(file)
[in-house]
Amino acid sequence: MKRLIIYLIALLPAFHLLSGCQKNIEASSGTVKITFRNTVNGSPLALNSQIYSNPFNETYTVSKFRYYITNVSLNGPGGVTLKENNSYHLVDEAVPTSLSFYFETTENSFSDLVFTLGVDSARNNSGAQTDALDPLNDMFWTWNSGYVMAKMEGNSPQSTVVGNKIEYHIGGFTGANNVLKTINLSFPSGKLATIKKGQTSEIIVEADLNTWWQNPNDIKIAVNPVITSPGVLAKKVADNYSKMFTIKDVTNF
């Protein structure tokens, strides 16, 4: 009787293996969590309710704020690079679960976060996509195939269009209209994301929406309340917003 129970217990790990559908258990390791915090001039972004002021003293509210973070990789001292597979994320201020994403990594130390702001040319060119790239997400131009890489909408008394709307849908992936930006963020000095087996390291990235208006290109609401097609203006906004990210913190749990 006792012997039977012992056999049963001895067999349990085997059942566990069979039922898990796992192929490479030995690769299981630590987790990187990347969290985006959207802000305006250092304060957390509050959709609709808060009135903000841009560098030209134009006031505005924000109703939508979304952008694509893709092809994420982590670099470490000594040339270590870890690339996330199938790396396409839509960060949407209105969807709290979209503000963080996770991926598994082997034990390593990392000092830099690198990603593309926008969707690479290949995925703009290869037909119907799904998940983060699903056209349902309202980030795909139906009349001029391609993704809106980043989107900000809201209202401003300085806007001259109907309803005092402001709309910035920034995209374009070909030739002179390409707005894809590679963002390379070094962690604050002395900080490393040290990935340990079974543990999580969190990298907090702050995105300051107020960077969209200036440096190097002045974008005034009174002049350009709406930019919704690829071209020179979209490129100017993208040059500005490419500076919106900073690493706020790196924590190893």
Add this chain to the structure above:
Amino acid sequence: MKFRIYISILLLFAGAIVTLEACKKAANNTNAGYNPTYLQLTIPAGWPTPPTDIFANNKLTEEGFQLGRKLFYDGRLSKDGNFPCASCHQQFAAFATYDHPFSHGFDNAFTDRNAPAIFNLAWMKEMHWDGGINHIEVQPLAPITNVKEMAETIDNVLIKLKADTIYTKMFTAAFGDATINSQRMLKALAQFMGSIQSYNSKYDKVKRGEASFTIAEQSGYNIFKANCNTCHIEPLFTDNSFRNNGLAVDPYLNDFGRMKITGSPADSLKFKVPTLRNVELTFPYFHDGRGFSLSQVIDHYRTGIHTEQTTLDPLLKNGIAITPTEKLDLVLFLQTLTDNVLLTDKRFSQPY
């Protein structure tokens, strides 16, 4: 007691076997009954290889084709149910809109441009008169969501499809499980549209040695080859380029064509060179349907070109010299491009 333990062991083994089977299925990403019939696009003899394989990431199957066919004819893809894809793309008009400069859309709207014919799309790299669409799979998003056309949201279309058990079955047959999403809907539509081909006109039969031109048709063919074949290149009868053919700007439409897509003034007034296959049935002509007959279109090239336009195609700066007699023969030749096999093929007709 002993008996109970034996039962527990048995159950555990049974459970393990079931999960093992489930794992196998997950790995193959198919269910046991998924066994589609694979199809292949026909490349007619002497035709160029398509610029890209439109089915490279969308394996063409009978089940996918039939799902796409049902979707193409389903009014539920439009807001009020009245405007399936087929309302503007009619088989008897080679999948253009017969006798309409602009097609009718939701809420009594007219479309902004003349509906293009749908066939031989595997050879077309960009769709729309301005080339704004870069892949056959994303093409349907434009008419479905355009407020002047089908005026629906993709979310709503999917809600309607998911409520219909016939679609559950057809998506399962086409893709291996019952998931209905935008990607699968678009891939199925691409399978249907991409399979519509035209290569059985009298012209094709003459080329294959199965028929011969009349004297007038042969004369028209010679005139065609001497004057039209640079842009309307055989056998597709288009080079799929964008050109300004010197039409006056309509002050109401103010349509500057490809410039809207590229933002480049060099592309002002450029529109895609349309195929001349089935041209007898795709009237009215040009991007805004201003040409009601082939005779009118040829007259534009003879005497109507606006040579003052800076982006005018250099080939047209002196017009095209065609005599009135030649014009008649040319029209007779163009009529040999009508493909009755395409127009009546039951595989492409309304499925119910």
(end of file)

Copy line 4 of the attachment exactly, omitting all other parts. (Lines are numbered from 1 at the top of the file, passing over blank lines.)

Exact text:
Add this chain to the structure above: